An article of mine as published on Design Online. Challenging to write a manifesto in 300 words, but hopefully the beginning of a conversation.
Jane Jacobs wrote that “cities have the capability of providing something for everybody, only because, and only when, they are created by everybody.” But today’s cities need to do more than provide for everybody.
Today’s cities compete on an international stage for ideas, people and investment and no city can afford to ignore this reality. It is important to consider Brisbane’s future in this context. How is, and how will, Brisbane compete and provide for its citizens, involving them in the city making process? What’s our selling point, our niche? Do we have one, and should we have one?
According to Brisbane Marketing, Brisbane is Australia’s new world city. I’m not sure how much resonance this holds with locals, or how it stands up in the international market, or what being Australia’s new world city even means. Is it something Brisbane should aspire to? It seems to be the type of generic slogan that can be attached to any city in the world.
With this in mind, I’d like to offer an alternative. Brisbane: Make the City. Make the city your home, make your neighbourhood more beautiful, make connections, make your ideas happen, make the city you want to live in.
By encouraging making, Brisbane can become the type of city that invites people, locally and internationally, to make our city better. A city that encourages ideas, but beyond this, empowers people through good processes, to make their ideas happen. A city that is looking to its future and embraces new possibilities.
Our cities belong to us all and Jane Jacobs was right when she said cities need to be created by everybody. Brisbane: Make the City, has the power to both encourage citizens as active participants in city making, whilst attracting and inspiring innovative thinkers, do-ers and business from across the globe to a city, open for the making.
"The appeal of a big city is its facelessness. There are constantly so many people milling around that it’s easy to blend in and become a blank dot in the crowd. Nobody notices you in a city, because everyone’s either mucking about on their phone or imagining that they’re the star of a never-ending feature film about how brilliant everyone thinks they are. That’s the other good thing about cities. People move there because they’re ambitious, and a big part of ambition is to apparently be self-interested to the point of total blindness. It means that cities are full of the worst people alive, but at least nobody ever wants to stop and chat."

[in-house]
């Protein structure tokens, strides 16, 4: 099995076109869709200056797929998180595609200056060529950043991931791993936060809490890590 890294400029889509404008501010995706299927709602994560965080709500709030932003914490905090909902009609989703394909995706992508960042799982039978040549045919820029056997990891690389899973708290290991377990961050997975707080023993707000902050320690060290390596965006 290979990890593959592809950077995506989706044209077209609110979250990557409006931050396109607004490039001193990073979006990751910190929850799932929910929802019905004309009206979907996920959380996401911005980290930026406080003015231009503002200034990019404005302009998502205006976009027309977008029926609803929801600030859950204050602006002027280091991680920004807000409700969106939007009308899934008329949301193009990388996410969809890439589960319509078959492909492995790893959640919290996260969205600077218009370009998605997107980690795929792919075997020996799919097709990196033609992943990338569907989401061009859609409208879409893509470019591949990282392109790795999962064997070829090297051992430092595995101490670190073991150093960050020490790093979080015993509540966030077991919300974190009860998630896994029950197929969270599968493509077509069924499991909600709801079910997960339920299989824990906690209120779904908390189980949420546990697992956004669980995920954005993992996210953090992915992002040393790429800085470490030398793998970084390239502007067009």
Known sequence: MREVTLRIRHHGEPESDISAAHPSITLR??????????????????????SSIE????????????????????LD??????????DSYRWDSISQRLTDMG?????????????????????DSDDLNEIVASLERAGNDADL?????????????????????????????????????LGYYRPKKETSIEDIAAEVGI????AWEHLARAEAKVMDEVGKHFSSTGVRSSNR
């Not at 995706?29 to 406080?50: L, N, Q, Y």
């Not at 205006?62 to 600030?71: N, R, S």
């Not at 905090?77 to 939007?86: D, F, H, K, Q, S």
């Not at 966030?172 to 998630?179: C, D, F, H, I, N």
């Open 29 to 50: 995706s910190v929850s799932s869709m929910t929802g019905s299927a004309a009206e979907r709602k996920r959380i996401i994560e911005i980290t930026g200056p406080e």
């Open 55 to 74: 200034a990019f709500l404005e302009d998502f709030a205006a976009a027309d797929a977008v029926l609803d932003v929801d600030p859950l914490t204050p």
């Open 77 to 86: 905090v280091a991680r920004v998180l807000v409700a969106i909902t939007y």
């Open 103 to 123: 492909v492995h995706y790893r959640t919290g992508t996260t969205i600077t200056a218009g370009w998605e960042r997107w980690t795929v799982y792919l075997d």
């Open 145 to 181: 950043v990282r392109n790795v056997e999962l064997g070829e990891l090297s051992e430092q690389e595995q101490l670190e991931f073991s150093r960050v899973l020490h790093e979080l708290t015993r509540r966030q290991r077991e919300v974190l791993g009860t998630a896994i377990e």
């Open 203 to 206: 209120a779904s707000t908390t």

A bit of laugh, Stuart Heritage in The Guardian.
This campaign by the UK’s National Trust and titled ‘Nature’s Playground’, is designed to encourage visitors to have fun. A series of nine signs were created which, at first glance, look like warnings or instructions not to do something. Light-hearted in nature, Ben Cowell, regional director at the National Trust, hopes to re-invent the organisation’s image.
The inclusion of a hashtag (#NaturesPlayground), encourages visitors to share their experiences and post pictures of their visit on social media sites.
The campaign was developed by The Click Design.
Community engagement is essential to facilitate design that responds to the needs of the community. As designers, I think this is a skill we will increasingly need to call upon. Dream Hamar is a project involving the redesign of a town square in Norway. The community engagement strategy set up the conditions to stimulate public debate and generate new ideas.
4 methods of engagement were used:
1. The physical lab - an onsite meeting place used for various events
2. Urban actions - public events in the square where citizens could experience and test ideas at their real scale
3. The academic network - involving students and faculty from various local schools and internationally
4. A digital lab - connecting Dream Hamar to the world
Together, the outcomes of these activities helped to shape the urban design concept for the town square.
Find out more about Dream Hamar here.
- 6 freeway removals that changed their cities forever
- Alejandro Aravena in The Guardian on the concept of cities and architecture as a tool for social change
- Get a floor plan in minutes by walking around a room with this app
- Urban reading to investigate: The city as interface, how new media are changing the city
- 10 tips on how to fail and still be happy, a story of career change
by Francesco Draisci
“Like giant poppy flowers (3.5m), a surreal red and pink forest of thin poles topped by 100 umbrellas, marked an urban-green spot (5m x 10m) in St James’ Church Garden in Clerkenwell, offering shaded comfort, away from the city frantic pace.Symbolising urban transformation and the awakening of spring, red foam-clad scaffolding components formed a glamorous example of reversible public environment.”